By Valerie Reinke
Julian Wood, 24, knew that when he graduated from high school it would be tough to find work. Not only was employment scarce at the time, but he’s nonverbal and on the autism spectrum—who was going to hire him? A graduate of Bainbridge Island School District’s Adult Living Program (ALP), which supports students with disabilities from age 18 to 21, Julian had worked closely with Barb Brewis, the recently retired coordinator of the program. She noticed that he had a remarkable memory for numbers and, when she tested his typing and 100-key skills, she was surprised to find his accuracy near 100 percent.
“Because Julian is nonverbal, I think a lot of people might have assumed that menial labor would be the best fit for him,” said Deanna Wentz, employment service manager at Vadis, one of the agencies that partners with BISD to find local employment for adult students with disabilities. Instead, she and Brewis worked with the Kids Discovery Museum (KiDiMu) to establish a volunteer position for Julian doing data entry. It wasn’t long before his spreadsheets became critical to the museum’s grant writing success and he progressed from volunteer, to grant supported employee, to permanent employee in two years.
KiDiMu executive director, Susie Burdick, sang his praises: “Julian’s wonderful and we all adore him. He does great work.” Of course, for any graduate there’s anxiety surrounding that next step to employment. But for students with disabilities, it’s an even more precipitous leap as the safety nets begin to fall away. The ALP was designed to help bridge that gap. When the idea was first proposed in 2003, Brewis advocated for a place off school property, “a satellite campus,” for those who had completed high school. Now based in a cozy apartment at the Eagle’s Nest on Madison, ALP lets students get experience running a household and looking for work in an authentic setting. “We prepare them for the most independence possible,” Brewis said.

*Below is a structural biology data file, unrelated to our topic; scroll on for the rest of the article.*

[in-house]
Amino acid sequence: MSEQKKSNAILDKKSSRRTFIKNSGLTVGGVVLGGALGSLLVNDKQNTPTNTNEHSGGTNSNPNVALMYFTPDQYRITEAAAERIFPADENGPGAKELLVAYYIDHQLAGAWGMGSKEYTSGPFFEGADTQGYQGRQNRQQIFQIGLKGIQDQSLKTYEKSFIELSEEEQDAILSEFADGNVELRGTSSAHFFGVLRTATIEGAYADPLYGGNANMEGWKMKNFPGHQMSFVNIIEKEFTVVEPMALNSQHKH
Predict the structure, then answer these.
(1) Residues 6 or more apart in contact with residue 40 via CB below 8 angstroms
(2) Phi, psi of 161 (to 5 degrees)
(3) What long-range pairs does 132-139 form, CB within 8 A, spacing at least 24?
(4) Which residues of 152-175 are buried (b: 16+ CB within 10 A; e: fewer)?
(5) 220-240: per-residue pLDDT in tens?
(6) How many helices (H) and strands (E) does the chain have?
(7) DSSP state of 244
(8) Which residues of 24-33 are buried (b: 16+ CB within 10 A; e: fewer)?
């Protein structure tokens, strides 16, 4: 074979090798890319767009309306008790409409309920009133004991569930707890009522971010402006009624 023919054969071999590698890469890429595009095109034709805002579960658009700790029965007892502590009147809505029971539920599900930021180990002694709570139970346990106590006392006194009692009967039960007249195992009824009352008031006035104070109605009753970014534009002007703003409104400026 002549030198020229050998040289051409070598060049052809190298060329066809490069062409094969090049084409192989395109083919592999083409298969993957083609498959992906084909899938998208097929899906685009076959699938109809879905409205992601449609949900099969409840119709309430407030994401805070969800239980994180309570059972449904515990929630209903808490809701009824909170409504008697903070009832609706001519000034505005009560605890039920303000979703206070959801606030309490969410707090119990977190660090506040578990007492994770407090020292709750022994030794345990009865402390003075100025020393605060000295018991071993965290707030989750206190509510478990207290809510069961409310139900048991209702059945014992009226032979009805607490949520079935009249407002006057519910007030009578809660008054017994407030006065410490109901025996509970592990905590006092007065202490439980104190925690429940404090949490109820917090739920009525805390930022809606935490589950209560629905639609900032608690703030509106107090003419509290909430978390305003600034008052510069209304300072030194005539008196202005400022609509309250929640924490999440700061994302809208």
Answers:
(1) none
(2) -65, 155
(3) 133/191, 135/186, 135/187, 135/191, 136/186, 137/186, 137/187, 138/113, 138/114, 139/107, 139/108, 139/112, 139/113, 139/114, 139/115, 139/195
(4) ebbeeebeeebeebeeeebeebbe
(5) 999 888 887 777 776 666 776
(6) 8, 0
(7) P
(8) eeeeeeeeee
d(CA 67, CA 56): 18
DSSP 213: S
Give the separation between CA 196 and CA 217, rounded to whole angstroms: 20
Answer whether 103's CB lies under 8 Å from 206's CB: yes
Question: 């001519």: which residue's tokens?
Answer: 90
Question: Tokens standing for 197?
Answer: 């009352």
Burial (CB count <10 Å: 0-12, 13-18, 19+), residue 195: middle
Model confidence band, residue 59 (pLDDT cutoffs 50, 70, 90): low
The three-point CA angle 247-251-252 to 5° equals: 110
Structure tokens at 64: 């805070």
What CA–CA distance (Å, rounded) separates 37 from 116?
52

Current ALP coordinator, Teresa Saunders, continues that mission. A typical day for one of her students, Scott Mowell, 20, includes tasks like creating a grocery list, food shopping, making lunch and cleaning up. His life skills practice is interspersed with a demanding work schedule—he’s holding down three part-time volunteer jobs. His year-end goal is to secure a paid position. “Scott’s employers put a lot of thought into his interests and his abilities,” Saunders said, giving a nod to the island’s business and nonprofit community. “Everyone’s got open arms and a willingness to work with our people.”
Geography and local culture play a role. “Bainbridge Island is a tight community with a small-town feel; that’s one of the reasons that transition services on the island work extremely well,” said Kelly O’Neal, the Kitsap County disabilities coordinator. Joanne Nickel agrees. She remembers when her daughter, Rebecca, 31, went through the ALP. “Barb Brewis considered volunteering the starting point—a way for students to try on different hats. Rebecca started with a position at Helpline House.” With some experience under her belt, Rebecca was able to secure longterm employment, most recently at Liberty Shores Senior Living in Poulsbo, doing food preparation. “She’s always been a great cook,” her mom said.
Once a month, Rebecca makes her way over to the Eagle’s Nest apartment where People First, a selfadvocacy peer group meets. Tanner Conrad, 37 (whom you might recognize as the cheerful McDonald’s employee), is co president of the island’s chapter and moves around the room making everyone feel at home. Brewis is also there, offering encouragement to the attendees, many of them her former students. On this evening, representatives from Owen’s Playground have presented the group with a thank you card and friendship bracelets.
Over the summer, People First helped raise $3,260 for the local playground designed to provide play opportunities for kids of all abilities. “It’s a great cause,” Conrad said. There’s a palpable feeling of confidence in the room, as if all things are possible when a balance is struck between personal independence and community support. The meeting ends promptly at 8 p.m. It’s a weeknight and, thanks to the program, as well as advocates like Brewis and Saunders, these folks have to get up and get to work in the morning.